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Are house prices going to rise?

Are house prices going to rise?

Asked on Apr 20 2011, General in Chelmsford | Report content

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  • Potential yes, probably yes, but always area dependent.

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    Answered on Apr 26 2011, Report content
  • To answer this question you need to understand what has driven the house price boom of the decade to 2007. With house prices rising far in excess of wages for this period the money had to be coming from another source. That source was ever increasing availability of credit. House prices do not work in the usual nature of supply and demand. You have to break demand down into two sections, conventional demand and credit availability as the average house buyer must use mortgage. When credit becomes more available and lenders become more lax with criteria and deposit levels, as they did pre 2007, then prices can rise very rapidly. As the opposite happens and lenders return to more sensible practices then prices fall back to a level that meets the new level of proceedable demand. Banks mortgage lending practices pre 2007 became very reckless and consequently once this level of debt became unsustainable they made huge losses and faced massive right downs on their assests. These losses still have not be completely realised as many banks are holding back repossessed properties from the market to avoid crystallising further losses. With the risks to the market still weighing very strongly to the downside banks are asking for much larger deposits to protect themselves from further fall. This obviously keeps a lid on demand. The lending practices we have at the moment are more normal then what we witnessed in the 10 years to 2007. So it's very unlikely that we will move back towards those practices anytime in the near future. Our current outlook for the future of the UK property market takes three different scenarios. 1, A robust economic recovery; in this situation we will see interest rates rise fairly rapidly to keep a lid on domestic demand and prices. This will dramatically increase forced sales and put strong downward pressure on prices. 2, Second recession; in this situation we would see an increase in unemployment a further fall in consumer confidence from it's already low levels and we would see a repeat of the price falls on 2008/09 with the exception that this time around there be no falling interest rates to arrest the falls. 3, Stagnating economy, This is the most optimistic view from a house price outlook, interest rates are unlikely to rise and unemployment stays stable. But in this situation we would have a high level of inflation as we have currently putting pressure on real incomes and damaging peoples spending ability. In this situation prices are likely to slowly fall, probably less than 5% per year. But when inflation is taken into account the real falls will still be in the region of 10% per year. In our opinion we don't see any sustained rise in house prices before 2017. Henry Chester. HPC Wealth Management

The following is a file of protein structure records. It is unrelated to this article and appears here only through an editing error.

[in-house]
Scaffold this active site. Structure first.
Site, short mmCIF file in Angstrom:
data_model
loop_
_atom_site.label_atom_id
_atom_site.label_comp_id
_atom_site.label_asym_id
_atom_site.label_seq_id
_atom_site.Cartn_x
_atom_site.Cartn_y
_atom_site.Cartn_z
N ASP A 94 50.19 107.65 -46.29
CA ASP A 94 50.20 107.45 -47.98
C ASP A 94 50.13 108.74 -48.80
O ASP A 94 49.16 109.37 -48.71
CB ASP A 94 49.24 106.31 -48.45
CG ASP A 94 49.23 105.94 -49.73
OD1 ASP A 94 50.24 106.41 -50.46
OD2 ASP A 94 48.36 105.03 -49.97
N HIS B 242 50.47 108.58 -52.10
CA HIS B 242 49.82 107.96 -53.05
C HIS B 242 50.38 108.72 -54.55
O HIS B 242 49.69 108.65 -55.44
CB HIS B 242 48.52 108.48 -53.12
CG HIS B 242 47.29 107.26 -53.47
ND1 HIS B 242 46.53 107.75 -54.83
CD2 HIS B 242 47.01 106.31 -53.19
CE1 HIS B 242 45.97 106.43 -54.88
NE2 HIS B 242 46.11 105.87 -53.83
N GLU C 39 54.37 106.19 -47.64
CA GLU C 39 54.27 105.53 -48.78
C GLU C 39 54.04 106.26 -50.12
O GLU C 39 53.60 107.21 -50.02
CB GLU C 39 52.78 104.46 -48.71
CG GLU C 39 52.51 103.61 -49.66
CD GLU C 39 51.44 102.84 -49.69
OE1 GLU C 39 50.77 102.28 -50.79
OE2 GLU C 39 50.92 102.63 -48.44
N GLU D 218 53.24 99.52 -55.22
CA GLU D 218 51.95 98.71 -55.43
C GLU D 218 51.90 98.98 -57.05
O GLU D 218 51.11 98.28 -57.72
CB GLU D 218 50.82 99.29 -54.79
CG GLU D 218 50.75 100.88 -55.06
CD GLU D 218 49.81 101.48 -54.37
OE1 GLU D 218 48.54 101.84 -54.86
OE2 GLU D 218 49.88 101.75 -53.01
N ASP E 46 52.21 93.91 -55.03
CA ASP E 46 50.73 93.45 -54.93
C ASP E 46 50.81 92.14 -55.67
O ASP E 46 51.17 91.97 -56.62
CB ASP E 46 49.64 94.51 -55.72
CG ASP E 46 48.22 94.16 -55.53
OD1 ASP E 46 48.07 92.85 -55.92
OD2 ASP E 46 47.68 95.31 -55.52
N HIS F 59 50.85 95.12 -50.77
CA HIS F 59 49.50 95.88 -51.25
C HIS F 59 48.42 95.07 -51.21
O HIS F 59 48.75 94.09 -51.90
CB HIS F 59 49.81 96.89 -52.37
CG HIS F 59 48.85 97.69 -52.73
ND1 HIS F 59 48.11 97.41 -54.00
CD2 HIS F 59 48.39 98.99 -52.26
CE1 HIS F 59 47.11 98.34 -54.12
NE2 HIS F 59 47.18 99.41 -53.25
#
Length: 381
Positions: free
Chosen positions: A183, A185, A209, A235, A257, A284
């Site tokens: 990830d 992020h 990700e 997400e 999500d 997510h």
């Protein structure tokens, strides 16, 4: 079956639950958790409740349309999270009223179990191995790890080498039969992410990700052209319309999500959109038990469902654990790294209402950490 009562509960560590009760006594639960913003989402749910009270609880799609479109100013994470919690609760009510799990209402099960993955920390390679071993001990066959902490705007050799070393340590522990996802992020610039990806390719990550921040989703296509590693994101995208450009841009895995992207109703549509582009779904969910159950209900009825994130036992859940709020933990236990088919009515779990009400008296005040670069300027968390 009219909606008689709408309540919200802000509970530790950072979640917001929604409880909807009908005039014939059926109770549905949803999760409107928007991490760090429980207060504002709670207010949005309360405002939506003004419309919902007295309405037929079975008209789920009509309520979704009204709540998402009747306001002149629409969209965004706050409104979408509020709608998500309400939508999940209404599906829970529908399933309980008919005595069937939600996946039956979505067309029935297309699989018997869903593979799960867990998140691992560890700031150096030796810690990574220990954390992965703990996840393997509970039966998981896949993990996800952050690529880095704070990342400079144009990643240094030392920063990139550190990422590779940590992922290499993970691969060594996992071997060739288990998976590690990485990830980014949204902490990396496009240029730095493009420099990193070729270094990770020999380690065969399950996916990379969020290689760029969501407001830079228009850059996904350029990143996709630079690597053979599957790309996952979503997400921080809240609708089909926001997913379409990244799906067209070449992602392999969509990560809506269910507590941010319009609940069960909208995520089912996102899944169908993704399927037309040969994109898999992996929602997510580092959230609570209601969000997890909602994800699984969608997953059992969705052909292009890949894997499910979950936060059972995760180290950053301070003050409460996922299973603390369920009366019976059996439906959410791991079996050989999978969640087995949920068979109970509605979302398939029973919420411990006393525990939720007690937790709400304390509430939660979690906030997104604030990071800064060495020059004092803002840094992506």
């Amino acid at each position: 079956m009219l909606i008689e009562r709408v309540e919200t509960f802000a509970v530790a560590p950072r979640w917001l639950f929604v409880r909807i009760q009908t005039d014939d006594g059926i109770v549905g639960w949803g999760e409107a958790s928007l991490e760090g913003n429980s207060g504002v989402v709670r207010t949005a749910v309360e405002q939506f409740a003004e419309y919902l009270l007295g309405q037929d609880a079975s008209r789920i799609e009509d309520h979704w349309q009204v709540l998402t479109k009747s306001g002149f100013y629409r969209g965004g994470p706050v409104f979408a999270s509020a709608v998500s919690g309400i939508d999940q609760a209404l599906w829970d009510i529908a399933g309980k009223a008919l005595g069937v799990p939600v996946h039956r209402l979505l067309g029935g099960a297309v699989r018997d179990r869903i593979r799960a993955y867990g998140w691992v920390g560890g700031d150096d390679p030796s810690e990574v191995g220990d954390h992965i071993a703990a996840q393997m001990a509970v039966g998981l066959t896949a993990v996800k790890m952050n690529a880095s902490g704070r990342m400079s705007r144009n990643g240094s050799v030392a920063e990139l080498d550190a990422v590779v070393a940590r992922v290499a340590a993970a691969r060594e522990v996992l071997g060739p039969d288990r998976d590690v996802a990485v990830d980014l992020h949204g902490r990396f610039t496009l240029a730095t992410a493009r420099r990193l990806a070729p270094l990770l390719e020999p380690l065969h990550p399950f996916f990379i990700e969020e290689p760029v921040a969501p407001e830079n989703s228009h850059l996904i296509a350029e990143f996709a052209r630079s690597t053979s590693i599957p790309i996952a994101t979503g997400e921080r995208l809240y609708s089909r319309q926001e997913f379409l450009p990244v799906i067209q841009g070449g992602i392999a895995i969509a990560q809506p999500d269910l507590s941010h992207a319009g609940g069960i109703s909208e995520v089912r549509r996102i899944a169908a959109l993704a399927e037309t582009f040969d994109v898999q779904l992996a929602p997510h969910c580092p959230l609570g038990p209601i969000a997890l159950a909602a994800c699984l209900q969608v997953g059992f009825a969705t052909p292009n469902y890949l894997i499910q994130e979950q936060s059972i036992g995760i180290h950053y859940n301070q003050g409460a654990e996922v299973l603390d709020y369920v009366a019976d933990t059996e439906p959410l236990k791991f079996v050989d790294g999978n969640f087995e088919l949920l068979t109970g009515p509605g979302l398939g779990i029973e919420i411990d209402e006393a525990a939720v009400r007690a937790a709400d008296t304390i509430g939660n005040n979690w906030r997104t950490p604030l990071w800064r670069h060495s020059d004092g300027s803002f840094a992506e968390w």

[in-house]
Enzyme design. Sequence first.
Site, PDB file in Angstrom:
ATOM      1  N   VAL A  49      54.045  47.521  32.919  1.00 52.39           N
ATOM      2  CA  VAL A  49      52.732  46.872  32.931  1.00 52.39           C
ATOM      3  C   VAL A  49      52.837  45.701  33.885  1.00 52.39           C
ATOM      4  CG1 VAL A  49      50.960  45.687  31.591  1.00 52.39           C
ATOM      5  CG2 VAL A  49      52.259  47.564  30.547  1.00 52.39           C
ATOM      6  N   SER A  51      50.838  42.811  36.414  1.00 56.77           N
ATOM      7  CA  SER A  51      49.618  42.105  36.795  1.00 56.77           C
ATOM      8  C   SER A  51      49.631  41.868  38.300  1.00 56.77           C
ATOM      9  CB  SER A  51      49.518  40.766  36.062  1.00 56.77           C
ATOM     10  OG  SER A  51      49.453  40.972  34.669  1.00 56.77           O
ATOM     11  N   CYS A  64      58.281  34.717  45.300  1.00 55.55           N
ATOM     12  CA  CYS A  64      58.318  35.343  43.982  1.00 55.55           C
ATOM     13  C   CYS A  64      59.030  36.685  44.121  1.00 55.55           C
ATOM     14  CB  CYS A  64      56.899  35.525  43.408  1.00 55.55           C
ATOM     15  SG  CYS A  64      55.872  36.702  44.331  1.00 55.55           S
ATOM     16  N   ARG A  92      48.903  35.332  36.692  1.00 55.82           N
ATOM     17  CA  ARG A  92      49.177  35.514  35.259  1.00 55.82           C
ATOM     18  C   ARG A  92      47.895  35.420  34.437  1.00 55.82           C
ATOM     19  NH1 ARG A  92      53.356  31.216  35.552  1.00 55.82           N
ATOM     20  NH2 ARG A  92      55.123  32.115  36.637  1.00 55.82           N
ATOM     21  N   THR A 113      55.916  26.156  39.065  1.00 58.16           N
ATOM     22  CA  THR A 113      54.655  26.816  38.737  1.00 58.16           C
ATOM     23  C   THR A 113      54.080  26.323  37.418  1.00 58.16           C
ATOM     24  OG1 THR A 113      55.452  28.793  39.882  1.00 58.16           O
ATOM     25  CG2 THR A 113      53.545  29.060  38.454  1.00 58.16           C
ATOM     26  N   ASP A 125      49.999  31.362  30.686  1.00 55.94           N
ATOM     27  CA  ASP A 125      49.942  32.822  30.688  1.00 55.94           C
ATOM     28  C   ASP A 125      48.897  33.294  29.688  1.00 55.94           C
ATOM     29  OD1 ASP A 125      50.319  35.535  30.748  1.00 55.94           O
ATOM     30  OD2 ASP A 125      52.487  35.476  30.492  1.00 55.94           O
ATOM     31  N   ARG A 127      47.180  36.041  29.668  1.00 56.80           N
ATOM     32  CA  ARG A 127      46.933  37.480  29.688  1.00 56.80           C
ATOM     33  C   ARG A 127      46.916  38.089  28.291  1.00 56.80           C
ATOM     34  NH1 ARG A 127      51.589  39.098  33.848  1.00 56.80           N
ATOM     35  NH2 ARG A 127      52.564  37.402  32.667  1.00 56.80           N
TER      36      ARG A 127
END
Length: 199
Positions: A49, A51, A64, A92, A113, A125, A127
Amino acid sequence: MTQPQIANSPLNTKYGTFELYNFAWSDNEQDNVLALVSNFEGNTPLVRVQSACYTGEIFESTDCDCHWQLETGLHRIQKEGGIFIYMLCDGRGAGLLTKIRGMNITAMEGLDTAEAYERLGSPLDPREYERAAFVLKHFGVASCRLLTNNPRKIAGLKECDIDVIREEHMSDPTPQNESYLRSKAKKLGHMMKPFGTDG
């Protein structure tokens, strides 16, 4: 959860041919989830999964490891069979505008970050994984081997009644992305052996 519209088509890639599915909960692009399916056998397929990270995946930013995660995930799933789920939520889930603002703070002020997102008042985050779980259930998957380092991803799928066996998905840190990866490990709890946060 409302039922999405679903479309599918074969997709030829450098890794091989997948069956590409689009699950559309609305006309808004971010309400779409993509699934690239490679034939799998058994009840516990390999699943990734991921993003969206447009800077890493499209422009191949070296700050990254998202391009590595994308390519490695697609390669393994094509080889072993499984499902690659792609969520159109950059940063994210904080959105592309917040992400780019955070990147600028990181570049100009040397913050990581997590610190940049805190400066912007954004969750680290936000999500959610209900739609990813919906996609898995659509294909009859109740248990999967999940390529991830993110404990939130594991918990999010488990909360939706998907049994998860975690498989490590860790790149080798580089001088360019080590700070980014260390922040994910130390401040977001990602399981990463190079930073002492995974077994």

Answered on Jul 10 2011, Report content

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